Judge rejects meeting with lawmakers over ‘slap on the wrist’ for rapist

Some Wisconsin lawmakers want to meet with a judge who decided a three-year sentence for an Edina man who pleaded guilty to sexually assaulting three women was fair.

Alec Cook, 22, a University of Wisconsin Madison student before he was expelled, had been charged with 23 criminal counts involving 11 women before he took a plea deal.

Last week, Dane County Judge Stephen Ehlke sentenced Cook to three years in prison and eight years of supervision and probation.

Prosecutors had sought a nearly 20-year prison term.

In a letter, the lawmakers say they want to meet with Ehlke, Madison.com reports.

“Your lenient sentence amounts to a slap on the wrist for a serial rapist whose violent and sadistic sex crimes will haunt his victims for years to come,” the letter states.

“The message your sentence sends to Mr. Cook’s victims, to the UW campus community, and to our community at large is clear: In just three or fewer years, this predator will be back on the streets because men like Alec Cook, men with privilege, are above the law.”

They say the sentence will discourage other victims of rape and sexual assault from coming forward.

“Plenty of people have no idea that it’s even possible to sentence a serial rapist this lightly,” tweeted Abby Honold, the former University of Minnesota student who was raped by another student and had to fight the system to get justice.

“Survivors are left to feel abandoned by the system that was supposed to restore order, protect their safety, and provide justice,” state Reps. Lisa Subeck, Terese Berceau, Dianne Hesselbein and Sondy Pope wrote.

“When it comes to reporting these crimes, the message you send future sexual assault victims is: Why bother?” they said.

The chief judge in Wisconsin rejected the legislators’ request, telling them it would be unethical and suggesting they look at court transcripts to“gain a first-hand understanding of what actually occurred in the courtroom.”

During sentencing, Ehlke said he struggled with the right thing to do.

Ehlke said he weighed the seriousness of the crimes, protection of the community, Cook’s character and need for rehabilitation, and whether the sentence would severely depreciate the gravity of the offenses, the Milwaukee Journal Sentinel wrote.

  • >>Ehlke said he weighed the seriousness of the crimes, protection of the community, Cook’s character and need for rehabilitation, and whether the sentence would severely depreciate the gravity of the offenses<<

    …and then let him skate by with that slap on the wrist…

    What a complete miscarriage of justice.

  • RBHolb

    Was this sentence terrible? Yes. I don’t care what “actually occurred in the courtroom.” The sentence was far too lenient for this type of crime.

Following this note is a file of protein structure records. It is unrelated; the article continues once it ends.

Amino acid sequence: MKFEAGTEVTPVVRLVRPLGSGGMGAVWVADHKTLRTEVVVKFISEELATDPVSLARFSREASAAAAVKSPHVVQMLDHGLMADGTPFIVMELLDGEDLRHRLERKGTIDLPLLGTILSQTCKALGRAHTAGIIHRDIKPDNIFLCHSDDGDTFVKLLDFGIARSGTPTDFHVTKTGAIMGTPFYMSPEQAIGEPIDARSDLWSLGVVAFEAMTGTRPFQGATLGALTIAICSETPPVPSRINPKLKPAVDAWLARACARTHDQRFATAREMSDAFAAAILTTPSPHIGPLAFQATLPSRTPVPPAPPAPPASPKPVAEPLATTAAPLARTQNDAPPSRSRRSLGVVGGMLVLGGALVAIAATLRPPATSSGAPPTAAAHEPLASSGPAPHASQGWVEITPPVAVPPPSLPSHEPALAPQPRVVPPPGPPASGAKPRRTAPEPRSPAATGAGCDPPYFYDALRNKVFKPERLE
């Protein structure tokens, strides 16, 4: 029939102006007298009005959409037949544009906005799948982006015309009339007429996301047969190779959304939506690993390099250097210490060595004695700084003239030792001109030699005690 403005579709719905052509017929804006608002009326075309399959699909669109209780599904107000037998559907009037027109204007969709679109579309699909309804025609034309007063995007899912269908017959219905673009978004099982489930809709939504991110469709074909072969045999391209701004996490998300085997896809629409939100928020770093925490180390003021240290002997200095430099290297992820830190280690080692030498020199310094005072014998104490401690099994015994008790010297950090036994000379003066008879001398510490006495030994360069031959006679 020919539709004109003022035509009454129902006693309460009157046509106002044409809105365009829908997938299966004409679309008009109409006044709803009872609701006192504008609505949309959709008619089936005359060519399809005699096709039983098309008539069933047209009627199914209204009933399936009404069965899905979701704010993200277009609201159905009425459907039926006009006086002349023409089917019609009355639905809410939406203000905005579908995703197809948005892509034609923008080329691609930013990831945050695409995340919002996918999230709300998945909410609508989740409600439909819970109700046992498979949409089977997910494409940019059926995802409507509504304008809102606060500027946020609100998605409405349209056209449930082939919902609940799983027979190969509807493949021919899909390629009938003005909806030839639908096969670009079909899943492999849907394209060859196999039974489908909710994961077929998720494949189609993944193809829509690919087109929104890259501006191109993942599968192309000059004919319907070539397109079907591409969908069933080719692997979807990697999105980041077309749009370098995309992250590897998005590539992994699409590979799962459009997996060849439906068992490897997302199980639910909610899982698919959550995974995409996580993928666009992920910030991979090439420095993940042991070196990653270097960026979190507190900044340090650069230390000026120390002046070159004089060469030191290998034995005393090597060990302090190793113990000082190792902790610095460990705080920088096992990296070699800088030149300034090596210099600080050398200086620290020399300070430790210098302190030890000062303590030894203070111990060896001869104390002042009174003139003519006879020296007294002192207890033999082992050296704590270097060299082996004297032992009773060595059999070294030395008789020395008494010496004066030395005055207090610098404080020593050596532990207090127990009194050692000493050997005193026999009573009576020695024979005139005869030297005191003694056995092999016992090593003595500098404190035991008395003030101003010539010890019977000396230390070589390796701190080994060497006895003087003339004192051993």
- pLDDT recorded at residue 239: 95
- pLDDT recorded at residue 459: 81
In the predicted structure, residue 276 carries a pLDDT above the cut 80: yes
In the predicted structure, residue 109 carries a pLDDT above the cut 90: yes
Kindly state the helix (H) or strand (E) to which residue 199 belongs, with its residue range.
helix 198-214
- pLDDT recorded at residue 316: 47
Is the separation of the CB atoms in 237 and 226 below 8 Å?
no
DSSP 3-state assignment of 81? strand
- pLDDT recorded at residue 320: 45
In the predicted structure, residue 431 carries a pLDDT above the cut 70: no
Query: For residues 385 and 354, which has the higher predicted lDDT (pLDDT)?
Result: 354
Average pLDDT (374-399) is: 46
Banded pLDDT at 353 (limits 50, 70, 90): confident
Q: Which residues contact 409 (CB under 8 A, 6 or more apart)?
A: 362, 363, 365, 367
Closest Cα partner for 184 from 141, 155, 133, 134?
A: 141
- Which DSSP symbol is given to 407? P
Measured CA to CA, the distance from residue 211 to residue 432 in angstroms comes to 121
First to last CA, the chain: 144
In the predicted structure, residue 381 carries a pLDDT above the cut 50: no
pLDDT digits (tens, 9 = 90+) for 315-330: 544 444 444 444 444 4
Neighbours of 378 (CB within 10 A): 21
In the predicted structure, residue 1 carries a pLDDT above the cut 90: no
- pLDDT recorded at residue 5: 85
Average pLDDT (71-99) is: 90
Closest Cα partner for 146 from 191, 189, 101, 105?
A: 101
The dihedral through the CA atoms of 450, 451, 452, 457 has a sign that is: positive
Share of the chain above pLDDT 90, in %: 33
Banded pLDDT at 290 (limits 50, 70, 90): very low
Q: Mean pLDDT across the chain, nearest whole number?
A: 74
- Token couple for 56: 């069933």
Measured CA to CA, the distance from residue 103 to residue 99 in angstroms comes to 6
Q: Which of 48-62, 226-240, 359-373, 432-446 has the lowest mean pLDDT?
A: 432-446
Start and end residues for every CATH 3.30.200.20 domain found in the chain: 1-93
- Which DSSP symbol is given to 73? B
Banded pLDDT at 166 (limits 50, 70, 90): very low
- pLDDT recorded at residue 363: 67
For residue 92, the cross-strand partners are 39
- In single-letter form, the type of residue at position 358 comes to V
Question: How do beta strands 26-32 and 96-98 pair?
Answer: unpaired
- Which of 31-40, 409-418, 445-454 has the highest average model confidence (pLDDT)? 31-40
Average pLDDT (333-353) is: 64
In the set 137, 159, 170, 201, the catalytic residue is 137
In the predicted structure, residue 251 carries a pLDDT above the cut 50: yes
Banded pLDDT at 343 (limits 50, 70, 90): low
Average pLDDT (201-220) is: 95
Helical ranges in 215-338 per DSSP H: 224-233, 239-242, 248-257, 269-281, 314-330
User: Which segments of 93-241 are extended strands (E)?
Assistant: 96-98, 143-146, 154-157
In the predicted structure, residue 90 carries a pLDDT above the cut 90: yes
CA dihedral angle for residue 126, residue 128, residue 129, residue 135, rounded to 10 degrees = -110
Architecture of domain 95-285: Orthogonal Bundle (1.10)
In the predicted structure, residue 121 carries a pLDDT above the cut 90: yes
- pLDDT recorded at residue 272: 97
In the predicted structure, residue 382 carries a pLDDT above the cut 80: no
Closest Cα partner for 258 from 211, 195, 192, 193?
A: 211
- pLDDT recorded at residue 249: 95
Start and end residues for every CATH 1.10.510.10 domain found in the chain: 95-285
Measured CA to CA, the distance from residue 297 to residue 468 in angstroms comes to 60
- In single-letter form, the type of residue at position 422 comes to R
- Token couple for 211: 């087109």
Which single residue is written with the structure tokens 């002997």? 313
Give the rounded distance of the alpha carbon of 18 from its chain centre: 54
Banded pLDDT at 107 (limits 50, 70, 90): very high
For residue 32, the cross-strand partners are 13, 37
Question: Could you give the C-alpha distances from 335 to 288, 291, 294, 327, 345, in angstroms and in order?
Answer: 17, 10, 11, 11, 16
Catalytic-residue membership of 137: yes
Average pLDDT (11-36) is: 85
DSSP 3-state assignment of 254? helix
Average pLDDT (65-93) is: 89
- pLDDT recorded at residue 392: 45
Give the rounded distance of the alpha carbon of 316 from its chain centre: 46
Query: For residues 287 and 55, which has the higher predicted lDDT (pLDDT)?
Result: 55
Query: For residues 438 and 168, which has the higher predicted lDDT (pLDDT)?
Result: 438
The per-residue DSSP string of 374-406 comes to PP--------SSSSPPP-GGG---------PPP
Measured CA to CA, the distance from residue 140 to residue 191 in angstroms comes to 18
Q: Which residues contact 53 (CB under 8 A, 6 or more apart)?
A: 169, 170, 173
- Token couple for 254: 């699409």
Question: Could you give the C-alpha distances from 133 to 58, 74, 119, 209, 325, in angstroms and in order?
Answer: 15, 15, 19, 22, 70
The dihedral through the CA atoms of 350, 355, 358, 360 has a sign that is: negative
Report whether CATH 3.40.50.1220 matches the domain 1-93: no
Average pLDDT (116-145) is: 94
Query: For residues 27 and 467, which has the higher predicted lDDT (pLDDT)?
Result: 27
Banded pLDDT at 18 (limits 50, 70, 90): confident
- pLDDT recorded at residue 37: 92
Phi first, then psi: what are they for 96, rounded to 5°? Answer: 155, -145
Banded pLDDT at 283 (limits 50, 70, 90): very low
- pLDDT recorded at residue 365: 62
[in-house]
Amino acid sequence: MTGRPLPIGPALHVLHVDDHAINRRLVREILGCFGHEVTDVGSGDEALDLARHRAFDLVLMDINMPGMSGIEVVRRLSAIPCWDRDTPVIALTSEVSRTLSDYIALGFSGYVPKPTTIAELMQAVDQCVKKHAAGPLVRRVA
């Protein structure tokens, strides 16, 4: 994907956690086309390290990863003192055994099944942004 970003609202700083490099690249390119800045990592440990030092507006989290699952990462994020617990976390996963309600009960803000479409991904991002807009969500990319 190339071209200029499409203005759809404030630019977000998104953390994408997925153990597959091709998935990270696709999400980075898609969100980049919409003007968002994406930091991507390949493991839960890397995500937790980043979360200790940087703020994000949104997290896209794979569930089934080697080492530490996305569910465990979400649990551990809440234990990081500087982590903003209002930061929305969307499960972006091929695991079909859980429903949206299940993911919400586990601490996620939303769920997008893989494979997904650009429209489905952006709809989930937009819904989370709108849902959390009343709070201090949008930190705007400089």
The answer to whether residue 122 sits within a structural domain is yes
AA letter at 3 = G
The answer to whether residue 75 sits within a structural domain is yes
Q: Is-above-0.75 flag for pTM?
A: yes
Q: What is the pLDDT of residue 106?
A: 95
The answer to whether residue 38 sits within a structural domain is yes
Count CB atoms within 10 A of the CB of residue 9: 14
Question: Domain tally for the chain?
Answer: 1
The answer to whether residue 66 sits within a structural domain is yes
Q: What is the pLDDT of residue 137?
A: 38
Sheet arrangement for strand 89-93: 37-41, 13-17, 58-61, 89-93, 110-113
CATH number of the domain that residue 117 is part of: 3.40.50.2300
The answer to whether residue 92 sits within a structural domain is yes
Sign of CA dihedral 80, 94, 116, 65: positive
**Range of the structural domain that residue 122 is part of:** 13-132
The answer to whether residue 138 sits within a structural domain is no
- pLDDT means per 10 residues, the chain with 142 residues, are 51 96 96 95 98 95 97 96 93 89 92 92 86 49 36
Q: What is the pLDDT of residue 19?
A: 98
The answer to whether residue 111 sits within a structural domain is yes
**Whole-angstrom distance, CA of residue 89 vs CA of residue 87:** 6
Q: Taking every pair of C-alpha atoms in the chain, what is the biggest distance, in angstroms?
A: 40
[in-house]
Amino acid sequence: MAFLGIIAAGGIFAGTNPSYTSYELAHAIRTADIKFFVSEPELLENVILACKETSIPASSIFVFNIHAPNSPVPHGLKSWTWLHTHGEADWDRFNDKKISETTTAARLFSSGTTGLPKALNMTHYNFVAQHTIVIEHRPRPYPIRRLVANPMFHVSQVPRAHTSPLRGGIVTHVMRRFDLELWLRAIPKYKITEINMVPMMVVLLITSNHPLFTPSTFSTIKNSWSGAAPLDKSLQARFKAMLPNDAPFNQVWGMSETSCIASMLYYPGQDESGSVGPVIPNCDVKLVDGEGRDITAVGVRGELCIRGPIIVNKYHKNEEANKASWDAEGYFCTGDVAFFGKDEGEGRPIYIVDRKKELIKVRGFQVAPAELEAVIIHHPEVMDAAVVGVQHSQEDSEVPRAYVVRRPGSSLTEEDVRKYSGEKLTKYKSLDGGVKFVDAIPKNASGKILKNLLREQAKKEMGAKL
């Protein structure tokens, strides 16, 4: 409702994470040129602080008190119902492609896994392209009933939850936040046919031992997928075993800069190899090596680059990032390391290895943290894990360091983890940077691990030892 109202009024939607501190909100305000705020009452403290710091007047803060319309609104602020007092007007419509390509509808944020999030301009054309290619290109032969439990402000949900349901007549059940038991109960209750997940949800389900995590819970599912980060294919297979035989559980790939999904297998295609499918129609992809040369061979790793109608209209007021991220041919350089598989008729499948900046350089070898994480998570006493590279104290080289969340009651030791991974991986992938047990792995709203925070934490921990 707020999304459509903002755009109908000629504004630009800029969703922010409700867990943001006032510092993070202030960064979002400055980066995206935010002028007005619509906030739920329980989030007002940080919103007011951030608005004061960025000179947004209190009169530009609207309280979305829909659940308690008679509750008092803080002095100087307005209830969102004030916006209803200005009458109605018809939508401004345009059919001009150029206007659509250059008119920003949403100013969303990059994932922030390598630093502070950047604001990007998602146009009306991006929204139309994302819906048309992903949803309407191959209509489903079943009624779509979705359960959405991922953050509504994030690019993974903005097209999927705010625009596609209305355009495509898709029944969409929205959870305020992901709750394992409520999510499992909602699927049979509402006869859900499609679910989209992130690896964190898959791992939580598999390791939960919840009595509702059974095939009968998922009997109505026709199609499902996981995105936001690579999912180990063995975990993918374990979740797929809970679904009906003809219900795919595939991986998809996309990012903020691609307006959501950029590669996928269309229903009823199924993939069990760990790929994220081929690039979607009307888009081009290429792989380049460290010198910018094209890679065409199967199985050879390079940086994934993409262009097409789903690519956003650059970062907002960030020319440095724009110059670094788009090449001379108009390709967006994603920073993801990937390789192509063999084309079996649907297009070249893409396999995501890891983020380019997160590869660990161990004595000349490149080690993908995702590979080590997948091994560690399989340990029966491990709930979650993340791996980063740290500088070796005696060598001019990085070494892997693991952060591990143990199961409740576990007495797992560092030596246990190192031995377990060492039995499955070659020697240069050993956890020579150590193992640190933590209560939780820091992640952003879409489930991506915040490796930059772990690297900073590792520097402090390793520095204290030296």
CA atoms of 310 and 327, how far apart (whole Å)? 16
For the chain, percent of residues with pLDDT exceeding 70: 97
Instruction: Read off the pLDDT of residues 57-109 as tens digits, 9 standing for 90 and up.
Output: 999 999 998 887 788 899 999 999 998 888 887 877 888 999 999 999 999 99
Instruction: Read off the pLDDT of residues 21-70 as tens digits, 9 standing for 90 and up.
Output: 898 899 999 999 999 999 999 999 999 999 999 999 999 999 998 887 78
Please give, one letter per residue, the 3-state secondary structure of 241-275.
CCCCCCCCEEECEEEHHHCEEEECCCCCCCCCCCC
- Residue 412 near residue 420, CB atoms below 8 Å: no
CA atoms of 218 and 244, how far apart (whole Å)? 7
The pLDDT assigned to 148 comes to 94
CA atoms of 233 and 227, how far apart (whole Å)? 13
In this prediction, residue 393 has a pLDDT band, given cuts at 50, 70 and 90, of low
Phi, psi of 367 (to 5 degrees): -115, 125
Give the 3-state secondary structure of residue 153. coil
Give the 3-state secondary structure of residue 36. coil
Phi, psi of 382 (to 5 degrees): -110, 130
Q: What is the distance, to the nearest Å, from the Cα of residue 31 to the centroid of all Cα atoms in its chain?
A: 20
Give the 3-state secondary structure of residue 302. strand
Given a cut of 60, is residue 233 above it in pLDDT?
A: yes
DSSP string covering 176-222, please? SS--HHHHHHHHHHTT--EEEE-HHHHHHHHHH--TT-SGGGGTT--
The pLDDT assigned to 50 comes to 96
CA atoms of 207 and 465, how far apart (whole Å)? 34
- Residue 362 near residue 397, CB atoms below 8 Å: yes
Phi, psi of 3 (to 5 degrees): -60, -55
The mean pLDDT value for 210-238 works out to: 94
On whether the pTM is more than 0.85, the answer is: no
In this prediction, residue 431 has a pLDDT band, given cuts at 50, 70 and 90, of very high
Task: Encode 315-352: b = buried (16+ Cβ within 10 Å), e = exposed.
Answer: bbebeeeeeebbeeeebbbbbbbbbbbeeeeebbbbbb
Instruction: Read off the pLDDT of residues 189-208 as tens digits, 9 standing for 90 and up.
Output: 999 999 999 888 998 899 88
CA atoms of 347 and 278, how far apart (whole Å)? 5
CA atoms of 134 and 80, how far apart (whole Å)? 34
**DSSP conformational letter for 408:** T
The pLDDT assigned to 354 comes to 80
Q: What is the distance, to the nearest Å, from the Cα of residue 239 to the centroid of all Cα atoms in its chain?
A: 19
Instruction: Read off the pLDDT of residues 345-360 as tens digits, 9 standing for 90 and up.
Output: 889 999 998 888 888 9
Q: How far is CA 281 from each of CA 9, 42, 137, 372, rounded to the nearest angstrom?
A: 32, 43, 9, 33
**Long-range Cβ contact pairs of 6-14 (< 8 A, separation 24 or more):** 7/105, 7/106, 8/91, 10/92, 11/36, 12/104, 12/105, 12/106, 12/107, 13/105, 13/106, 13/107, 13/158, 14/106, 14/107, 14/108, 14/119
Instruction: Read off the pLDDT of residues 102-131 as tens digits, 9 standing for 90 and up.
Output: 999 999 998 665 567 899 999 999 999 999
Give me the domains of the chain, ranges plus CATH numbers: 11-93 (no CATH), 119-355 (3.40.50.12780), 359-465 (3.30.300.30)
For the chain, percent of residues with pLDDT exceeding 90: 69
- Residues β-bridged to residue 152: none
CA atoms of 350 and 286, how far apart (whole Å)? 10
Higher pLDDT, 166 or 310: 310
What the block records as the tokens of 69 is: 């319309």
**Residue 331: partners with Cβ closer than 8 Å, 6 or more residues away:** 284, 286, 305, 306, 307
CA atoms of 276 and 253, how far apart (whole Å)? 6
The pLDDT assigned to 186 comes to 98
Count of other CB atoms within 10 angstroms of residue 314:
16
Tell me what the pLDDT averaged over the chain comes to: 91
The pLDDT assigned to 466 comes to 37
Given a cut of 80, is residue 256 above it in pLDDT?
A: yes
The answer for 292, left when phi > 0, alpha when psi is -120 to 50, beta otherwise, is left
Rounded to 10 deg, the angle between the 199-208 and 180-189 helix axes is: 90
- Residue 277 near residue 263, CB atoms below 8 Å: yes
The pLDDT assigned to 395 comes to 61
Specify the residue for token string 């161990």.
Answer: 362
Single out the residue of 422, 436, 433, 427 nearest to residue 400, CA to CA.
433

Should the judge meet with legislators, to explain himself? No. If an independent judiciary means anything, it means that judges do not have to answer to elected officials in another branch of government. Let him answer to the voters, but don’t pretend that these officials are overseers of the courts.

    • Mike Worcester

      //Should the judge meet with legislators, to explain himself? No.

      Absolutely. Judges (and yes, that includes SCOTUS justices), should never be cozy with elected legislators. And elected officials should never do what State Rep. Jim Newberger did in Jan 2016.

    • MikeB

      At the national level we get to entertain the “perception” of judicial independence. The courts are politicized. Only a matter of time until it fully seeps down to the state level.

  • chlost

    Good for him. There is that concept of separation of the three branches of government in that piece of paper called the Constitution.
    I am certain the lawmakers have already got a plan as to what that branch will be doing in response. Soon there will be punch cards to simply indicate the charge, the statutory sentence and the criminal history of the defendant, computer algorithms applied. Bing, bang, beep. Out comes the sentence, no discretion or human input.

  • Dan Lind

    That sentence equates to just over 3 months of prison time for every woman he sexually violated.

    Careless drivers often have their drivers license suspended for 90 days. Serial rapists deserve a little bit harsher sentence, don’t ya think?

  • Zachary Mott

    Cool. So now those Wisconsin lawmakers will introduce a bill revising the sentencing guidelines for these sort of offense, right?

  • Jerry

    Remember, in the eyes of our justice system, a 22 year old white male who commits 22 acts of sexual assault is a good kid who made some mistakes and could be rehabilitated. If he was black, he’d be an irredeemable super predator and would get life.

  • JamieHX

    Does anyone know if this judge will face an election sometime?